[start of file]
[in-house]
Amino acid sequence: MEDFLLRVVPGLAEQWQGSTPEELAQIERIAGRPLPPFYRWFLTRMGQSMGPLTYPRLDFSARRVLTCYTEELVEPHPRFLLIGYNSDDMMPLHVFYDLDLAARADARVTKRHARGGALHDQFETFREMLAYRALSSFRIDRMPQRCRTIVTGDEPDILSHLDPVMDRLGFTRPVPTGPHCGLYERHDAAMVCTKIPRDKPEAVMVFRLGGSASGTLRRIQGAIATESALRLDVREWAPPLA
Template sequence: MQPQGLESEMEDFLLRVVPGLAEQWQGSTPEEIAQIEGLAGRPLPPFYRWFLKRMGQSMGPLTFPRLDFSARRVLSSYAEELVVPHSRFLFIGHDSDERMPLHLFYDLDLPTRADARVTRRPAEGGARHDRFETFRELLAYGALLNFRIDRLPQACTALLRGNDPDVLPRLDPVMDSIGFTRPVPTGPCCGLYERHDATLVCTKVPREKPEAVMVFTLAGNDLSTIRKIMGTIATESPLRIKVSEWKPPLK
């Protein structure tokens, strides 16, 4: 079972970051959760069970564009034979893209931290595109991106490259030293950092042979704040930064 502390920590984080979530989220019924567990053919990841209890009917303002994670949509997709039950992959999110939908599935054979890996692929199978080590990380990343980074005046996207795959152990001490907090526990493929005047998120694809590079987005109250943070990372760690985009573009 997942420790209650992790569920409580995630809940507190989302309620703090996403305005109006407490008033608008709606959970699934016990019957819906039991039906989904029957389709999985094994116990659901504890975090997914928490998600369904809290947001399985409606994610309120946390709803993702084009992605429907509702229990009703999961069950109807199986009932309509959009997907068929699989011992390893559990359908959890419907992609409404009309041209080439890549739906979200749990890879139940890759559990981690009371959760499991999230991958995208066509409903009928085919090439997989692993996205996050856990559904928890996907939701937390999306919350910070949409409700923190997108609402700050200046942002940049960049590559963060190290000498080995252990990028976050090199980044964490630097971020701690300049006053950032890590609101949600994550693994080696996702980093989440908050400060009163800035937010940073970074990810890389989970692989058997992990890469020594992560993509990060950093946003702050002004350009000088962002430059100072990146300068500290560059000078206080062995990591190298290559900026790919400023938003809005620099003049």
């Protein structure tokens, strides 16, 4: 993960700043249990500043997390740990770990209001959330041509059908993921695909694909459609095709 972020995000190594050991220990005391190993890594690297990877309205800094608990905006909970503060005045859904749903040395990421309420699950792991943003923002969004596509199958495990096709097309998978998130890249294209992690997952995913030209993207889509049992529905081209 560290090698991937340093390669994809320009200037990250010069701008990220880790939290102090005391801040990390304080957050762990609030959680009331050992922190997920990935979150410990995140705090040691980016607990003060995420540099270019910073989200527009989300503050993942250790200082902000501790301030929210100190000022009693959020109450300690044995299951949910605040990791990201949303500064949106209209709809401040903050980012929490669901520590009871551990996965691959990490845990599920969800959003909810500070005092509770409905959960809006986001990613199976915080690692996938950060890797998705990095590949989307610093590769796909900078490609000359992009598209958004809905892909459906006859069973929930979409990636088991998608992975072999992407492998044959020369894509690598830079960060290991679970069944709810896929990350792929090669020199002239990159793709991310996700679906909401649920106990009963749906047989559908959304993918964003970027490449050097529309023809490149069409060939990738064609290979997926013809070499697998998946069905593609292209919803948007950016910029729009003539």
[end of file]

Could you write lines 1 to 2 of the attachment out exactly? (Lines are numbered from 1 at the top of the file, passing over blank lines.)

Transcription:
[in-house]
Amino acid sequence: MEDFLLRVVPGLAEQWQGSTPEELAQIERIAGRPLPPFYRWFLTRMGQSMGPLTYPRLDFSARRVLTCYTEELVEPHPRFLLIGYNSDDMMPLHVFYDLDLAARADARVTKRHARGGALHDQFETFREMLAYRALSSFRIDRMPQRCRTIVTGDEPDILSHLDPVMDRLGFTRPVPTGPHCGLYERHDAAMVCTKIPRDKPEAVMVFRLGGSASGTLRRIQGAIATESALRLDVREWAPPLA